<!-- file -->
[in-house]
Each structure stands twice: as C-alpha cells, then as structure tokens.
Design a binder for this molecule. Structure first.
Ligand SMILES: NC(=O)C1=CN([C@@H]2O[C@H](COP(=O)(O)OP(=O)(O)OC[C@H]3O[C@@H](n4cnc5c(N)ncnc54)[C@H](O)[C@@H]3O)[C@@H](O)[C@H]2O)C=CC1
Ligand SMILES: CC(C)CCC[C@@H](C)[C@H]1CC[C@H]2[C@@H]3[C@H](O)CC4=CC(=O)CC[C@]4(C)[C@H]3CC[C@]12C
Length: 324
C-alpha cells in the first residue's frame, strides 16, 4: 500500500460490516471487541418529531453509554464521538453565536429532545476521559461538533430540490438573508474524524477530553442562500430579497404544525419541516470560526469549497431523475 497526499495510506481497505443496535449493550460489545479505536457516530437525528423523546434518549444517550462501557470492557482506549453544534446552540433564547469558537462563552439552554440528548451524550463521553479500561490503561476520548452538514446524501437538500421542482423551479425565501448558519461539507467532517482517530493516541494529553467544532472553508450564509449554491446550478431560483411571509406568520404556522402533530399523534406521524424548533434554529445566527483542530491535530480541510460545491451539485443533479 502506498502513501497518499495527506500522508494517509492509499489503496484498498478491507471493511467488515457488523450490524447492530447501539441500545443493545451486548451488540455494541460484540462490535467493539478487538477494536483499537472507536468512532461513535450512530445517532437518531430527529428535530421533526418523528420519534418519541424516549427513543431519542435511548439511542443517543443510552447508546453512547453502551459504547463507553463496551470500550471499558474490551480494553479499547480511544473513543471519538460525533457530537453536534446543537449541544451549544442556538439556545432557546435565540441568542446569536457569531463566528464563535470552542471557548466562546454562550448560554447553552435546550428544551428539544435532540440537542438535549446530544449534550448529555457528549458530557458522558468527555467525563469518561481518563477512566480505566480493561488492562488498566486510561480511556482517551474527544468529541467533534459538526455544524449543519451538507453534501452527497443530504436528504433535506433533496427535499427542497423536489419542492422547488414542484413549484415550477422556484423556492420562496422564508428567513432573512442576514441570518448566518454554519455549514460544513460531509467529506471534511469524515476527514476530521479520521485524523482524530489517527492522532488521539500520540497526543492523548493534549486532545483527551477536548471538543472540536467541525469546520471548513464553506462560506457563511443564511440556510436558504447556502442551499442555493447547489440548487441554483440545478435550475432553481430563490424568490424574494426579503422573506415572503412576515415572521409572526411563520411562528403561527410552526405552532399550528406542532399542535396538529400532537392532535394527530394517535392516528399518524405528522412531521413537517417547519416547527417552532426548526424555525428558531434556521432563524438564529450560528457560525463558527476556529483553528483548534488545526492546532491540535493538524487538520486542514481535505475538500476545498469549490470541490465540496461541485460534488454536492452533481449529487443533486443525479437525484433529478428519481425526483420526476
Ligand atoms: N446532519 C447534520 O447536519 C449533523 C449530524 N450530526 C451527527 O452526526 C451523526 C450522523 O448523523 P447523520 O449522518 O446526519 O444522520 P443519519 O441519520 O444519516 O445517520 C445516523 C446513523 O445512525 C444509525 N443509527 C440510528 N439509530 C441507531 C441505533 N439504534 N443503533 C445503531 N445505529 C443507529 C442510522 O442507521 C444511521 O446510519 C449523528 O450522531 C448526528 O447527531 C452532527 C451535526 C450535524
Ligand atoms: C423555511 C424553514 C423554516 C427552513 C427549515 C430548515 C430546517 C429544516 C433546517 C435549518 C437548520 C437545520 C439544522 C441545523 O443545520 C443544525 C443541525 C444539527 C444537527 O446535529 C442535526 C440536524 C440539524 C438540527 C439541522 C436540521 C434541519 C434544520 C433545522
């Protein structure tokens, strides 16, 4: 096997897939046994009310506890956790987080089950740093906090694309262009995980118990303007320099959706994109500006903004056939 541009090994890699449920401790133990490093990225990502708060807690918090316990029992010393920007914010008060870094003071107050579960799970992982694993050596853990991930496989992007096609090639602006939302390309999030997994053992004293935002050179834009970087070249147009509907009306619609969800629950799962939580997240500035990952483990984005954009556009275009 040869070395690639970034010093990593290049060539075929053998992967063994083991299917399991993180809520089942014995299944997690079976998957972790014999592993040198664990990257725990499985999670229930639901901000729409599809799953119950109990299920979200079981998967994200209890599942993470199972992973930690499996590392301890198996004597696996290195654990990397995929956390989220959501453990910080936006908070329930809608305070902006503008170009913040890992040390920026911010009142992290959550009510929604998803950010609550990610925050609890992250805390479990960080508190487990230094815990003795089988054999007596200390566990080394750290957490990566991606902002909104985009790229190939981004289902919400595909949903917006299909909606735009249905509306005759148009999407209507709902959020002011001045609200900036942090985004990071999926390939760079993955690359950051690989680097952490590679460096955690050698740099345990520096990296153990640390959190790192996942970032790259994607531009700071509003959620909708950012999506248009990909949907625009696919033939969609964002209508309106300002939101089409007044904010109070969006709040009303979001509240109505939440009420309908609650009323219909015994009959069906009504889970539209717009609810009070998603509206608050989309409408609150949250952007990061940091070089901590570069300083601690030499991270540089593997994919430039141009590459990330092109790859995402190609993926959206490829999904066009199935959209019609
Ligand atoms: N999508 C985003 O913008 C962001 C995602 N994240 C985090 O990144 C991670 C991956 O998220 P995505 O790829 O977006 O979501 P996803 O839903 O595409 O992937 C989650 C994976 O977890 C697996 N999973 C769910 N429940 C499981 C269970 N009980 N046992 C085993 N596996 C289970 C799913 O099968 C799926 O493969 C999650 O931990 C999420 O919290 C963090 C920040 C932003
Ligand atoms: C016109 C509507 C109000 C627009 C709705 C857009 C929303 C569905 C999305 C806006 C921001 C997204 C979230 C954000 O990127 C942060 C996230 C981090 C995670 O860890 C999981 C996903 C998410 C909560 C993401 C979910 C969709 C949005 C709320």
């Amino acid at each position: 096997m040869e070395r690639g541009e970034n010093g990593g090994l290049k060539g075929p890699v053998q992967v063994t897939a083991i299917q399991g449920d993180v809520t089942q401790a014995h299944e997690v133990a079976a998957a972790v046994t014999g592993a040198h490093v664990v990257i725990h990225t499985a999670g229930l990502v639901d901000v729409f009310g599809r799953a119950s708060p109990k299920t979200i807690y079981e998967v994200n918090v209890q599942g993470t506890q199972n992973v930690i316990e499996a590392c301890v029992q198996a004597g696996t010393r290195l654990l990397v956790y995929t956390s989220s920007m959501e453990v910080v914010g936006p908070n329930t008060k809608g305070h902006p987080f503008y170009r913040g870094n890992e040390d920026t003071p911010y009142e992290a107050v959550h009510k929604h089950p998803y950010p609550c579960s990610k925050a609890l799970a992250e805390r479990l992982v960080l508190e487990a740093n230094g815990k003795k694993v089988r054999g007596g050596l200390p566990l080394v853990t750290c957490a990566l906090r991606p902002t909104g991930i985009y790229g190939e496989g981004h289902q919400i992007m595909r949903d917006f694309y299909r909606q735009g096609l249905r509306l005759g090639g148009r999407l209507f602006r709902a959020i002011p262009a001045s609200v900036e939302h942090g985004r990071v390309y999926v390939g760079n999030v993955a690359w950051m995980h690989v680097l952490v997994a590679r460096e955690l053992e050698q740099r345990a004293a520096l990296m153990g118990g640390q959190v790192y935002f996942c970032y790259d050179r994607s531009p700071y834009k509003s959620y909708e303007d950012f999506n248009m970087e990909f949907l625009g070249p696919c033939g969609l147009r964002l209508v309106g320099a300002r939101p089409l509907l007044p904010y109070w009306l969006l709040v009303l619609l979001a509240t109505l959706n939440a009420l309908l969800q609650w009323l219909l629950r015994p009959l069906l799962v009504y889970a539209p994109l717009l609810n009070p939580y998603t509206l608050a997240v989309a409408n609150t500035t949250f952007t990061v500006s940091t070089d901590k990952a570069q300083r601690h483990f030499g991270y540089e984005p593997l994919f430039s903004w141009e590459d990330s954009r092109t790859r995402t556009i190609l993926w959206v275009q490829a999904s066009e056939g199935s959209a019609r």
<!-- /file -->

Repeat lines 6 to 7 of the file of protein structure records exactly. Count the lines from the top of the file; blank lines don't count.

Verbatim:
Length: 324
C-alpha cells in the first residue's frame, strides 16, 4: 500500500460490516471487541418529531453509554464521538453565536429532545476521559461538533430540490438573508474524524477530553442562500430579497404544525419541516470560526469549497431523475 497526499495510506481497505443496535449493550460489545479505536457516530437525528423523546434518549444517550462501557470492557482506549453544534446552540433564547469558537462563552439552554440528548451524550463521553479500561490503561476520548452538514446524501437538500421542482423551479425565501448558519461539507467532517482517530493516541494529553467544532472553508450564509449554491446550478431560483411571509406568520404556522402533530399523534406521524424548533434554529445566527483542530491535530480541510460545491451539485443533479 502506498502513501497518499495527506500522508494517509492509499489503496484498498478491507471493511467488515457488523450490524447492530447501539441500545443493545451486548451488540455494541460484540462490535467493539478487538477494536483499537472507536468512532461513535450512530445517532437518531430527529428535530421533526418523528420519534418519541424516549427513543431519542435511548439511542443517543443510552447508546453512547453502551459504547463507553463496551470500550471499558474490551480494553479499547480511544473513543471519538460525533457530537453536534446543537449541544451549544442556538439556545432557546435565540441568542446569536457569531463566528464563535470552542471557548466562546454562550448560554447553552435546550428544551428539544435532540440537542438535549446530544449534550448529555457528549458530557458522558468527555467525563469518561481518563477512566480505566480493561488492562488498566486510561480511556482517551474527544468529541467533534459538526455544524449543519451538507453534501452527497443530504436528504433535506433533496427535499427542497423536489419542492422547488414542484413549484415550477422556484423556492420562496422564508428567513432573512442576514441570518448566518454554519455549514460544513460531509467529506471534511469524515476527514476530521479520521485524523482524530489517527492522532488521539500520540497526543492523548493534549486532545483527551477536548471538543472540536467541525469546520471548513464553506462560506457563511443564511440556510436558504447556502442551499442555493447547489440548487441554483440545478435550475432553481430563490424568490424574494426579503422573506415572503412576515415572521409572526411563520411562528403561527410552526405552532399550528406542532399542535396538529400532537392532535394527530394517535392516528399518524405528522412531521413537517417547519416547527417552532426548526424555525428558531434556521432563524438564529450560528457560525463558527476556529483553528483548534488545526492546532491540535493538524487538520486542514481535505475538500476545498469549490470541490465540496461541485460534488454536492452533481449529487443533486443525479437525484433529478428519481425526483420526476